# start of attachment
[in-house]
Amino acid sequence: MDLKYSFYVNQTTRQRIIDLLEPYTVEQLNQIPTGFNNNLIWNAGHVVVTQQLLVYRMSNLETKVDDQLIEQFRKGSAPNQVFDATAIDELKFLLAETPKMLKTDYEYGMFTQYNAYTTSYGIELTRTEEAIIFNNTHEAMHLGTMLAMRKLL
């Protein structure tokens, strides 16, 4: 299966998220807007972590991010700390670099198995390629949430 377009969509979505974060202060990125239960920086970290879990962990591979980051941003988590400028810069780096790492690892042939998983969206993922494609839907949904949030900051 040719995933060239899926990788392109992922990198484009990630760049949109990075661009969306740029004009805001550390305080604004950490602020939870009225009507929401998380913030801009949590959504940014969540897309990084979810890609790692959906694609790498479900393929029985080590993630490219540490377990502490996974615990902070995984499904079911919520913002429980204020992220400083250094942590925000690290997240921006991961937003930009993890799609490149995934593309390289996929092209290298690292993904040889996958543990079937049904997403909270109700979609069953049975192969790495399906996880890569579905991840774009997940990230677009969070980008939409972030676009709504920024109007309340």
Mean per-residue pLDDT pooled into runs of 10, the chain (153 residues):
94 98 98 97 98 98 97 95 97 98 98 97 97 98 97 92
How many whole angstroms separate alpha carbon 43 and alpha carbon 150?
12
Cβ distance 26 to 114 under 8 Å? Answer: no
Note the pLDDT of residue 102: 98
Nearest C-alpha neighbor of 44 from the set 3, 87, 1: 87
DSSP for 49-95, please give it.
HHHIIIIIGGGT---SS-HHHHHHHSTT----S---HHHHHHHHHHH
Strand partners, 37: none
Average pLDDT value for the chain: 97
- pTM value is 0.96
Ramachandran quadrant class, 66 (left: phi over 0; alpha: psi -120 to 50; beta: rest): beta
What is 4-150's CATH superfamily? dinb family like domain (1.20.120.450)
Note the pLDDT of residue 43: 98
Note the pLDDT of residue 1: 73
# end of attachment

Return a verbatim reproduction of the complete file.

[in-house]
Amino acid sequence: MDLKYSFYVNQTTRQRIIDLLEPYTVEQLNQIPTGFNNNLIWNAGHVVVTQQLLVYRMSNLETKVDDQLIEQFRKGSAPNQVFDATAIDELKFLLAETPKMLKTDYEYGMFTQYNAYTTSYGIELTRTEEAIIFNNTHEAMHLGTMLAMRKLL
């Protein structure tokens, strides 16, 4: 299966998220807007972590991010700390670099198995390629949430 377009969509979505974060202060990125239960920086970290879990962990591979980051941003988590400028810069780096790492690892042939998983969206993922494609839907949904949030900051 040719995933060239899926990788392109992922990198484009990630760049949109990075661009969306740029004009805001550390305080604004950490602020939870009225009507929401998380913030801009949590959504940014969540897309990084979810890609790692959906694609790498479900393929029985080590993630490219540490377990502490996974615990902070995984499904079911919520913002429980204020992220400083250094942590925000690290997240921006991961937003930009993890799609490149995934593309390289996929092209290298690292993904040889996958543990079937049904997403909270109700979609069953049975192969790495399906996880890569579905991840774009997940990230677009969070980008939409972030676009709504920024109007309340």
Mean per-residue pLDDT pooled into runs of 10, the chain (153 residues):
94 98 98 97 98 98 97 95 97 98 98 97 97 98 97 92
How many whole angstroms separate alpha carbon 43 and alpha carbon 150?
12
Cβ distance 26 to 114 under 8 Å? Answer: no
Note the pLDDT of residue 102: 98
Nearest C-alpha neighbor of 44 from the set 3, 87, 1: 87
DSSP for 49-95, please give it.
HHHIIIIIGGGT---SS-HHHHHHHSTT----S---HHHHHHHHHHH
Strand partners, 37: none
Average pLDDT value for the chain: 97
- pTM value is 0.96
Ramachandran quadrant class, 66 (left: phi over 0; alpha: psi -120 to 50; beta: rest): beta
What is 4-150's CATH superfamily? dinb family like domain (1.20.120.450)
Note the pLDDT of residue 43: 98
Note the pLDDT of residue 1: 73